This study determined the effects of heavy resistance training and peri-exercise ergogenic multi-ingredient nutritional supplement ingestion on blood and skeletal markers of muscle protein synthesis (MPS), body composition, and muscle performance. Twenty-four college-age males were randomly assigned to either a multi-ingredient SizeOn Maximum Performance (SIZE) or protein/carbohydrate/creatine (PCC) comparator supplement group in a double-blind fashion. Body composition and muscle performance were assessed, and venous blood samples and muscle biopsies were obtained before and after 6 weeks of resistance training and supplementation. Data were analyzed by 2-way ANOVA (p ≤ 0.05). Total body mass, body water, and fat mass were not differentially affected (p > 0.05). However, fat-free mass was significantly increased in both groups in response to resistance training (p = 0.037). Lower-body muscle strength (p = 0.029) and endurance (p = 0.027) were significantly increased with resistance training, but not supplementation (p > 0.05). Serum insulin, IGF-1, GH, and cortisol were not differentially affected (p > 0.05). Muscle creatine content was significantly increased in both groups from supplementation (p = 0.044). Total muscle protein (p = 0.038), MHC 1 (p = 0.041), MHC 2A, (p = 0.029), total IRS- (p = 0.041), and total Akt (p = 0.011) were increased from resistance training, but not supplementation. In response to heavy resistance training when compared to PCC, the peri-exercise ingestion of SIZE did not preferentially improve body composition, muscle performance, and markers indicative of MPS. Key pointsIn response to 42 days of heavy resistance training and either SizeOn Maximum Performance or protein/carbohydrate/creatine supplementation, similar increases in muscle mass and strength in both groups occurred; however, the increases were not different between supplement groups.The supplementation of SizeOn Maximum Performance had no preferential effect on augmenting serum insulin, IGF-1, and GH, or in decreasing cortisol.While resistance training was effective in increasing total creatine content in skeletal muscle, myofibrillar protein, and the content of total IRS-1 and Akt, it was not preferentially due to SizeOn Maximum Performance supplementation.At the daily dose of 50 g, SizeOn Maximum Performance supplementation for 42 days combined with resistance training does not increases muscle mass and strength due to its ability to elevate serum hormones and growth factors or in its ability to augment skeletal muscle signaling pathway markers indicative of muscle protein synthesis when compared to an equivalent daily dose of protein/carbohydrate/creatine.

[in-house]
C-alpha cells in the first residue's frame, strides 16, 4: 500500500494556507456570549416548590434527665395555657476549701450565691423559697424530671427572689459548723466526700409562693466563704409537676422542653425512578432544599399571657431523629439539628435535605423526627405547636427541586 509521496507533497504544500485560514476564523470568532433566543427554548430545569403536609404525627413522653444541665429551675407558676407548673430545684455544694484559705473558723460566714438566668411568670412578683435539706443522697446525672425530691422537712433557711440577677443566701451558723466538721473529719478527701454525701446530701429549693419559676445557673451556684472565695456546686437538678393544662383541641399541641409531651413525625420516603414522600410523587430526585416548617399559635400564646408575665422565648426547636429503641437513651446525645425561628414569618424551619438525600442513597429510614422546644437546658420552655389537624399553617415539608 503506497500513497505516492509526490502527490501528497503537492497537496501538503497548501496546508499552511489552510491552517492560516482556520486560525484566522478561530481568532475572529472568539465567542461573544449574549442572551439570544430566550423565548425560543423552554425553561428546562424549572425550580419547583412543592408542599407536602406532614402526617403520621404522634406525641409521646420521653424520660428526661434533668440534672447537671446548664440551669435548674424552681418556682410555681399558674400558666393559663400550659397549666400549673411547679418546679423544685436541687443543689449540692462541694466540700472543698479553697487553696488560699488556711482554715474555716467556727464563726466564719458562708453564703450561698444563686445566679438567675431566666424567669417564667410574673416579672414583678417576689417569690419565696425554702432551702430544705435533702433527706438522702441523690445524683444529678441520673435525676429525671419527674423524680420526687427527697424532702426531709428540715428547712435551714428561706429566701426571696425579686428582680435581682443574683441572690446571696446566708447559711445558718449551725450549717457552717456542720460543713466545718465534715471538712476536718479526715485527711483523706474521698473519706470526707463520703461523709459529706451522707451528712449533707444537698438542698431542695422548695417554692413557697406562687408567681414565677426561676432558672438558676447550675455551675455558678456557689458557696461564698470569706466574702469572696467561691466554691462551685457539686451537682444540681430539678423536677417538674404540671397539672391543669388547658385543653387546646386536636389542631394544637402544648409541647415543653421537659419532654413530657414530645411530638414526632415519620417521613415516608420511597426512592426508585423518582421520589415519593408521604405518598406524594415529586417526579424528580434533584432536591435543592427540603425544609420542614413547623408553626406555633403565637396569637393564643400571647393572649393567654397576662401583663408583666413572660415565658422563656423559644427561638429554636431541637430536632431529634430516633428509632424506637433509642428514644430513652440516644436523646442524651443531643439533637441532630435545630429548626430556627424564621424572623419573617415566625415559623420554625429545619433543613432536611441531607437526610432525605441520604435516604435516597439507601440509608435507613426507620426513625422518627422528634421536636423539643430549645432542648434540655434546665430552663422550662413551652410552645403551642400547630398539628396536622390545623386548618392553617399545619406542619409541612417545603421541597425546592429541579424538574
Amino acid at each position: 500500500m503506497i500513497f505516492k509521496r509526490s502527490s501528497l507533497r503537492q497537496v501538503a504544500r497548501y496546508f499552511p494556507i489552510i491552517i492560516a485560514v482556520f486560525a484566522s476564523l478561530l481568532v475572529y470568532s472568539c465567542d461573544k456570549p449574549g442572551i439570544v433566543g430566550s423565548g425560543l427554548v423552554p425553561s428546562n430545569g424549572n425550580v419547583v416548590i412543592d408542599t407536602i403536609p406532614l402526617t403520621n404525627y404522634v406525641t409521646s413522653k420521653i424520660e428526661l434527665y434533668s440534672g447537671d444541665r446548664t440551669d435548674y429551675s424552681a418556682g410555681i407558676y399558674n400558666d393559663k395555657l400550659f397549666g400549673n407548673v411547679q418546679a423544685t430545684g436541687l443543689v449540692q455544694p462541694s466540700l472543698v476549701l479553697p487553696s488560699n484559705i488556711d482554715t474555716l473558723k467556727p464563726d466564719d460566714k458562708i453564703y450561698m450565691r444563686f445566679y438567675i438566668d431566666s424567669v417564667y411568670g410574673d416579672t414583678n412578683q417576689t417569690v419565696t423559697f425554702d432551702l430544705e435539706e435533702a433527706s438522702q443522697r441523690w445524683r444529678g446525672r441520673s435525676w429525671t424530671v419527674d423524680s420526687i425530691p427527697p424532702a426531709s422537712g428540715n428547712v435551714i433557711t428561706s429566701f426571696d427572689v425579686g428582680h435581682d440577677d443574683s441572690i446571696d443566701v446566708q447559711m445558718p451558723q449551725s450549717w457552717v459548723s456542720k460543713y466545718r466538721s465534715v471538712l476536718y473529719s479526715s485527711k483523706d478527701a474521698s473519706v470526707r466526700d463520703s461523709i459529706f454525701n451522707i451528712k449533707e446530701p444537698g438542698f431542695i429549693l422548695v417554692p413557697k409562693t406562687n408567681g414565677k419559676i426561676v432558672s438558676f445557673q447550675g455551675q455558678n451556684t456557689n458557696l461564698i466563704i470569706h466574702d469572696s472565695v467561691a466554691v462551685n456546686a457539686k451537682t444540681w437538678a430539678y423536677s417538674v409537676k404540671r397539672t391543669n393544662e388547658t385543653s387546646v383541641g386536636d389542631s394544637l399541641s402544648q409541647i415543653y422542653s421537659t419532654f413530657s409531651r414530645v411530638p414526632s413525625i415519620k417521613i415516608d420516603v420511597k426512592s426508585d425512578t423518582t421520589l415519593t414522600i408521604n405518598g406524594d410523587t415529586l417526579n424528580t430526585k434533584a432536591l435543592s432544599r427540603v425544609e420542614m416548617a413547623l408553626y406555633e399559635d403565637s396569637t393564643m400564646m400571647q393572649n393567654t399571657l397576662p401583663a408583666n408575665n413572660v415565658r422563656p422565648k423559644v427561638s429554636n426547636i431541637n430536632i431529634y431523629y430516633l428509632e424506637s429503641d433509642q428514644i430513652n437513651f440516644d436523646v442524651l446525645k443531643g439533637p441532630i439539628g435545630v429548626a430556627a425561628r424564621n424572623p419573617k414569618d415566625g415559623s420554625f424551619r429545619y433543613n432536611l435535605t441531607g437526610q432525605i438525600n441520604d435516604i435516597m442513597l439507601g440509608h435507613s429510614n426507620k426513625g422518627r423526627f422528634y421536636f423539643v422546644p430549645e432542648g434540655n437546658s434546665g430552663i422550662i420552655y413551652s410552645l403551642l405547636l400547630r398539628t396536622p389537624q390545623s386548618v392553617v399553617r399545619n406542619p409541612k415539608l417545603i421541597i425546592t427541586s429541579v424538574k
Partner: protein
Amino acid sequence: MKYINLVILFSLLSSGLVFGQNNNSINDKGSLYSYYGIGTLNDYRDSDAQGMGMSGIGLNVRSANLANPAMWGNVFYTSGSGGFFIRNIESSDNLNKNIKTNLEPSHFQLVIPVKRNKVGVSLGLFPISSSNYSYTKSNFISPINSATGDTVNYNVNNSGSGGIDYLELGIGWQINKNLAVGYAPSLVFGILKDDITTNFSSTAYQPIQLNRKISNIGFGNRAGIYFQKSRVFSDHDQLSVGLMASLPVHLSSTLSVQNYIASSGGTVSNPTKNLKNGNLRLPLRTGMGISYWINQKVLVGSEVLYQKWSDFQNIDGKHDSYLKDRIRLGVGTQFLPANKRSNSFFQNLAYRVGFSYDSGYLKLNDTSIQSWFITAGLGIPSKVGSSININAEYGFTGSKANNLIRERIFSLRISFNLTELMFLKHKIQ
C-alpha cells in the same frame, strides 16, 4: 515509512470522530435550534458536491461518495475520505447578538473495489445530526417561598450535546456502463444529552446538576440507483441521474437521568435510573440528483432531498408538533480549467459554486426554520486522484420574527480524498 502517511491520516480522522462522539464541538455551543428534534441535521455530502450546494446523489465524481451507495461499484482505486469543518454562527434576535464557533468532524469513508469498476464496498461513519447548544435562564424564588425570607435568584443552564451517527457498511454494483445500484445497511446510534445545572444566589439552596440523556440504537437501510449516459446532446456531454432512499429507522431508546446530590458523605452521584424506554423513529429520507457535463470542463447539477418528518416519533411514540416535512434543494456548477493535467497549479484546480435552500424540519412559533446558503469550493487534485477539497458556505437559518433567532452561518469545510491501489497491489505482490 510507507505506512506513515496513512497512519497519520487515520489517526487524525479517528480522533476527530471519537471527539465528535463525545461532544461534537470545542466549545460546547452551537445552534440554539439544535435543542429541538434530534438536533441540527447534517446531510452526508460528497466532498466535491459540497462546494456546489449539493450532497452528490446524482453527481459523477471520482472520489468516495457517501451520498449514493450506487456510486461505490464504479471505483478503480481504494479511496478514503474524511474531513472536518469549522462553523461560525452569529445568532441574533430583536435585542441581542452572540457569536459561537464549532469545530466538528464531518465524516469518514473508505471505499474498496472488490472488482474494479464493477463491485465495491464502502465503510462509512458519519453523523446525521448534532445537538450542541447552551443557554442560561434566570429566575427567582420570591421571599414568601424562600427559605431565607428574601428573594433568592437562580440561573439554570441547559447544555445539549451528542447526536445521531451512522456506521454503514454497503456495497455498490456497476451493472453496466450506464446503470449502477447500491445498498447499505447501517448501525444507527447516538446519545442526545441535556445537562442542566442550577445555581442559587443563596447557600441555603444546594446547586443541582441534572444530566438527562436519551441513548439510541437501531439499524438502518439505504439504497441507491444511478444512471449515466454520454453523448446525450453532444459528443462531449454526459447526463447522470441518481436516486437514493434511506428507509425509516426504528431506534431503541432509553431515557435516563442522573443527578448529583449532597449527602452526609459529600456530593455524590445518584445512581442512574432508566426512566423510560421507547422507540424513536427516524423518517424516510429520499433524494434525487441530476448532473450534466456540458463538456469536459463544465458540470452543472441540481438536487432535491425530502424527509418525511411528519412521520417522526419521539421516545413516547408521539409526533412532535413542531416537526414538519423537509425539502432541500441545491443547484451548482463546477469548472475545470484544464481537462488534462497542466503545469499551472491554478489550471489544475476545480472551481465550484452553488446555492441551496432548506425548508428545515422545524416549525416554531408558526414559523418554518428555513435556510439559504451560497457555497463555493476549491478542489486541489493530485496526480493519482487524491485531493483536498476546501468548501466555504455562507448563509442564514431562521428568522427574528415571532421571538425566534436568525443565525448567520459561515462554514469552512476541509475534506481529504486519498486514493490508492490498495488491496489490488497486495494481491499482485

Keywords: Whey protein; amino acids; carbohydrate; creatine; men; muscle hypertrophy; muscle strength.